Peacock completes pass to Collinsworth

NFL broadcaster Madden retires after 30 years

Veteran football broadcaster John Madden, the longtime face and voice of NFL football coverage, is retiring.

"It's time," Madden said in a statement. "I'm 73 years old. My 50th wedding anniversary is this fall. I have two great sons and their families, and my five grandchildren are at an age now when they know when I'm home and, more importantly, when I'm not."

During a 30-year career, the former Oakland Raiders coach served as an analyst on all four major broadcast networks, winning 18 Emmys. He most recently called games for NBC on "Sunday Night Football," where he worked since 2006.

NBC Sports chairman Dick Ebersol said Cris Collinsworth has been named Madden's successor in the broadcast booth and sought to reassure fans the decision was entirely up to Madden. Ebersol said Madden turned down an offer to work fewer games next season.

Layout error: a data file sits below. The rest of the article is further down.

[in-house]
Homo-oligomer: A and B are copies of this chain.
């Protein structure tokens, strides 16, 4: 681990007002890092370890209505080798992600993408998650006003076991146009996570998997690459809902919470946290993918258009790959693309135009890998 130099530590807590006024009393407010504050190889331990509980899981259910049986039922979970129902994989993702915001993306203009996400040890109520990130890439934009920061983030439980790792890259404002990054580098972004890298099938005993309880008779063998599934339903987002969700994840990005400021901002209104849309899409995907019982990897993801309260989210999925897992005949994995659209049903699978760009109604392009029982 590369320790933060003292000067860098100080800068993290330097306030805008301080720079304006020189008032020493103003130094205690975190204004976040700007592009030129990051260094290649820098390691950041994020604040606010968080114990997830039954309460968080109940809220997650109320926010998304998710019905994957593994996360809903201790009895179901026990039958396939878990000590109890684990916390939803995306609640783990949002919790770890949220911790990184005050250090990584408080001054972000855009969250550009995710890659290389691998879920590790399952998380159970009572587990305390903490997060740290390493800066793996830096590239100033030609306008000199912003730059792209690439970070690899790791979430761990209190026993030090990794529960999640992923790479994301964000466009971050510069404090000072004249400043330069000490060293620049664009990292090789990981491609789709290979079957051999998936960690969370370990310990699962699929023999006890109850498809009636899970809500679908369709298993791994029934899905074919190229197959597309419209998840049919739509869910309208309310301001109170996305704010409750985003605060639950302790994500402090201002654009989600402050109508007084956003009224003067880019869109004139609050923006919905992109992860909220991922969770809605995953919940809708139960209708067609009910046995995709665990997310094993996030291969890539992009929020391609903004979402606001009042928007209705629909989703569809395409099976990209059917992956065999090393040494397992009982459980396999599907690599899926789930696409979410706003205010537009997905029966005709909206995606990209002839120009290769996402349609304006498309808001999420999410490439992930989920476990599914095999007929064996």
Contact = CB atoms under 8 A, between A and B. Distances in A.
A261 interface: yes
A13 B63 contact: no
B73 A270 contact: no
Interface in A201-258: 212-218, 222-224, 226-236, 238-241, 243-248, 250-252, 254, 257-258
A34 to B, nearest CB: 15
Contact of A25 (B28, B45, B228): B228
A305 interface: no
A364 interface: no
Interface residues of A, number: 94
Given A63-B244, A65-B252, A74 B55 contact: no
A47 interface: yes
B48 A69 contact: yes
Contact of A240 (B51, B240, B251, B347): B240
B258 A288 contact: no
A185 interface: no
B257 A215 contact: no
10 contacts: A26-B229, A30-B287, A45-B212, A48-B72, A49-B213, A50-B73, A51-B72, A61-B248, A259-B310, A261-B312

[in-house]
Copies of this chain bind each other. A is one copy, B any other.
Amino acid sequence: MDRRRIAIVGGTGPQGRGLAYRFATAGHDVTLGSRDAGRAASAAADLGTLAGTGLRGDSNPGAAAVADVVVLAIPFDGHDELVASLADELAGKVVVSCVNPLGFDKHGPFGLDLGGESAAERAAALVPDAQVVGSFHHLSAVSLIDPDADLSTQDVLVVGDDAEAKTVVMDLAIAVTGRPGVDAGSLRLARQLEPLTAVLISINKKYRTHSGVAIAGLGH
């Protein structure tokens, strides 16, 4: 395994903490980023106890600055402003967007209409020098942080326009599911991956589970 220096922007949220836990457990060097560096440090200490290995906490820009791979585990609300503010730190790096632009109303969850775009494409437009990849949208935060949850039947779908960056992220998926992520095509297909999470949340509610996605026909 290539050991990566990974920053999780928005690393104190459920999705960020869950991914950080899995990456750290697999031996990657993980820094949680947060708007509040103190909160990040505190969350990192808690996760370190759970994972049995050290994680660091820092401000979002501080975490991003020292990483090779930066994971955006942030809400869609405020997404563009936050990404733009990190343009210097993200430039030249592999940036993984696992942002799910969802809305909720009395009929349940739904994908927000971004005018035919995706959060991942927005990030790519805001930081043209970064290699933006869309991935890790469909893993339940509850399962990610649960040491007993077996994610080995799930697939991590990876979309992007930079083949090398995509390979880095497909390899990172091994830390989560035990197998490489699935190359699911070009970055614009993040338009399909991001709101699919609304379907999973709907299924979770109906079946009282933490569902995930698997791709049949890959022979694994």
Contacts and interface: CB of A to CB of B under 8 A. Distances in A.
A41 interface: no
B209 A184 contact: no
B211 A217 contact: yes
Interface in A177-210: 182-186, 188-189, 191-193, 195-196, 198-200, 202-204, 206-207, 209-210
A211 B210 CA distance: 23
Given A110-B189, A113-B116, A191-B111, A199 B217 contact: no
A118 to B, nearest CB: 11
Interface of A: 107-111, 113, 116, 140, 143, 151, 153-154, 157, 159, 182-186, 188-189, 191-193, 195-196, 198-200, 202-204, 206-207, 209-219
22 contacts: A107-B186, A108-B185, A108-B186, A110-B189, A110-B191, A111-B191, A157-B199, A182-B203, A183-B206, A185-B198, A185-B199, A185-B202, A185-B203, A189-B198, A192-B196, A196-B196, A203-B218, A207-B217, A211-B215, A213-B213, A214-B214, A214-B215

"I spent all day in the Bay Area yesterday with John and tried every way I could to make sure he was sure about his decision," Ebersol said. "In true John Madden fashion, he was sure. He said it best when he simply said, 'It's time' … and I admire him for that. We will sorely miss him because he was the most fun guy ever to just hang out with."

ESPN and ABC Sports president George Bodenheimer also was effusive.

"John Madden is a true legend and Hall of Famer who has put his imprint on the NFL in so many ways as a coach, broadcaster, ambassador and as the face of the popular video game that bears his name," he said. "We thank him for the years he spent on 'Monday Night Football,' and I personally thank him for his friendship."

Madden's legacy extended to younger generations with "Madden NFL Football," the best-selling sports video game of all time.

The final game he called was the nail-biting Super Bowl XLIII on NBC, the 11th title game he broadcast. (partialdiff)